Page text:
By Nick Sturge
The Local Enterprise Partnership, or LEP to its friends, for the West of England (or CUBA — the County that Used to Be Avon, to its friends) is in the process of being established. It has come about as a whim of the coalition government with little guidance on what it should do, how it should operate and with no money.
So is it a waste of time that everyone will walk away from, or the best opportunity to make this City region really buzz?
What is a LEP? It is loosely defined in government white papers and self-expressed for this area by the submission document. I think of it is as the vehicle by which to focus efforts towards a vision, and to marshal what little resources are available, to common goals.
Imagine, if you will, a coffee mug and some coffee. The mug on its own is pointless. Pouring the coffee on to a table, with no mug, is also pretty pointless. Pour the coffee into the mug and you have a cup of coffee that you can drink. Of course, not everyone likes coffee and it will always be too hot, too cold, too bitter too sweet or the wrong colour to different people, but you cannot argue that the coffee and the mug are more useful together than apart. For me, the LEP is the mug and that’s what I mean by marshalling resources to a common purpose.
While it’s easy to be cynical and think that this is another wretched quango, the fact is that this is the only game in town.
If people are cynical about it and moan and whine from the sidelines it will fail and the people of Bath, Bristol, Weston-super-Mare, Thornbury and everywhere in between, will lose out. It is what we make of it — as businesses, organisations or individuals.
Its focus is to create economic growth and we need the passion and the people behind it to ensure that economic growth actually works towards general well-being.Â We want more jobs, we want more disposable income to alleviate poverty and raise standards of living and education. All these things are intertwined with economic growth.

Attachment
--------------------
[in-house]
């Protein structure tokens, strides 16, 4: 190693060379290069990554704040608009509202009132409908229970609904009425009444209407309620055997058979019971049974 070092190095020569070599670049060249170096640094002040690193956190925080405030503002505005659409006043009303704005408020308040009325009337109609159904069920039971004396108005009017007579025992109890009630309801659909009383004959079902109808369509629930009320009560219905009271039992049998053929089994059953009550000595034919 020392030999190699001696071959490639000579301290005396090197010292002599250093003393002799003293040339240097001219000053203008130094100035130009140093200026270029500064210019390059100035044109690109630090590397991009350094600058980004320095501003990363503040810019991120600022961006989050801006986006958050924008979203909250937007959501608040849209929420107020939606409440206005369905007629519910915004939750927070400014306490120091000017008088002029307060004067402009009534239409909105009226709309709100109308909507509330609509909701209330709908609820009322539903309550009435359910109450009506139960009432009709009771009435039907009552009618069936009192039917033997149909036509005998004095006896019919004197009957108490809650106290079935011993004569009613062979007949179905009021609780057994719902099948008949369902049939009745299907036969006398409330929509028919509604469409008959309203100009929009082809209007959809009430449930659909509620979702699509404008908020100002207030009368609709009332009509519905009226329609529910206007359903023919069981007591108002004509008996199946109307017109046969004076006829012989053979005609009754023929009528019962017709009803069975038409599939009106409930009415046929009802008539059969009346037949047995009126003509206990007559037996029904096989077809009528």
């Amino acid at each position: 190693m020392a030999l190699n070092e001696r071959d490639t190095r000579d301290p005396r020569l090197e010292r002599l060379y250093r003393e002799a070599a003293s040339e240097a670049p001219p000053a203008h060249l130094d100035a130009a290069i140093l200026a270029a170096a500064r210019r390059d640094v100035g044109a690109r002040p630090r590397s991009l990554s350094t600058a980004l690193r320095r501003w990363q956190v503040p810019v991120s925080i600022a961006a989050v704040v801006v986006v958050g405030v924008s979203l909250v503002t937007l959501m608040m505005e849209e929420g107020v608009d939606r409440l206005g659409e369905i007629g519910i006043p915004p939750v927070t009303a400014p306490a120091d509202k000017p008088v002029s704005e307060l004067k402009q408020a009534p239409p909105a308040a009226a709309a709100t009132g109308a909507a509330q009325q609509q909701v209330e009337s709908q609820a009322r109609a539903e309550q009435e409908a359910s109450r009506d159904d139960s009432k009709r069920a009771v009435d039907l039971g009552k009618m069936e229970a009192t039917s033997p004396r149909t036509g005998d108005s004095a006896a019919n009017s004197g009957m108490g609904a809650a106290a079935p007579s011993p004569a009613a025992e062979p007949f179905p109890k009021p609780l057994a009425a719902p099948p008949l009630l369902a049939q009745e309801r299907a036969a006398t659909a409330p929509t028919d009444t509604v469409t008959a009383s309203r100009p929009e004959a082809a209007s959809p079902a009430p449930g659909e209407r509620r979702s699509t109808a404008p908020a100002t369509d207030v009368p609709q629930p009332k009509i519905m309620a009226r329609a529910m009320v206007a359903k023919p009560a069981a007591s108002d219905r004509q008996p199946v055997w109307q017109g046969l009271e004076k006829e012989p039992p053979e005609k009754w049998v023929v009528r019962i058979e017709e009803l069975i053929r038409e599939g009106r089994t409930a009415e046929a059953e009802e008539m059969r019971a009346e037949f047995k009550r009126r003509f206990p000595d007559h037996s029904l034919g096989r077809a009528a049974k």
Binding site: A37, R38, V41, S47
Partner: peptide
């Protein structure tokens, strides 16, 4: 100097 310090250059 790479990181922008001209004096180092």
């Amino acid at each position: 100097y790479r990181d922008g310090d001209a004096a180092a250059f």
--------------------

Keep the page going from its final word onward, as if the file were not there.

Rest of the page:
The West of England has real potential — for example, it is rated as second in a league table that covers economic performance; business start-up, survival and growth rates; sectoral profiles; skill levels of the resident population; unemployment and employment rates.
There are plenty of opportunities around here and at this point in time there are so many things lining up to be seized: the removal of some antiquated quangos and government activities, the growth of the creative, microelectronics, advanced engineering, low carbon and tourism sectors (just look at how many hotels have been built recently!), the vacuum created in Whitehall which enables sensible, home-grown initiatives from the regions to influence policy and so on.
As ever, the challenge here is leadership. An interim board has been established to get this thing off the ground — sketching out the shape of the coffee mug if you like. Its first task is to work out the best way of appointing a permanent board to ensure maximum “buy-in” from organisations and individuals alike. There are some big players in the West of England — employers, unitary authorities, universities, sector groups, community associations and so on. The responsibility is with them, more than others, to throw their weight behind the LEP — or risk being the one to blame for missing this opportunity. The IoD, CBI, FSB and Chamber of Commerce came together, putting rivalries behind them, for a common goal of the business representatives on the interim board. That should set the tone for the future.
I wish we weren’t starting from here but we are and we must look forward and grasp the opportunities that we do have. The time is now; to pull more things together to make the greater Bristol area a much, much better place.
We will make a great leap forward if we try.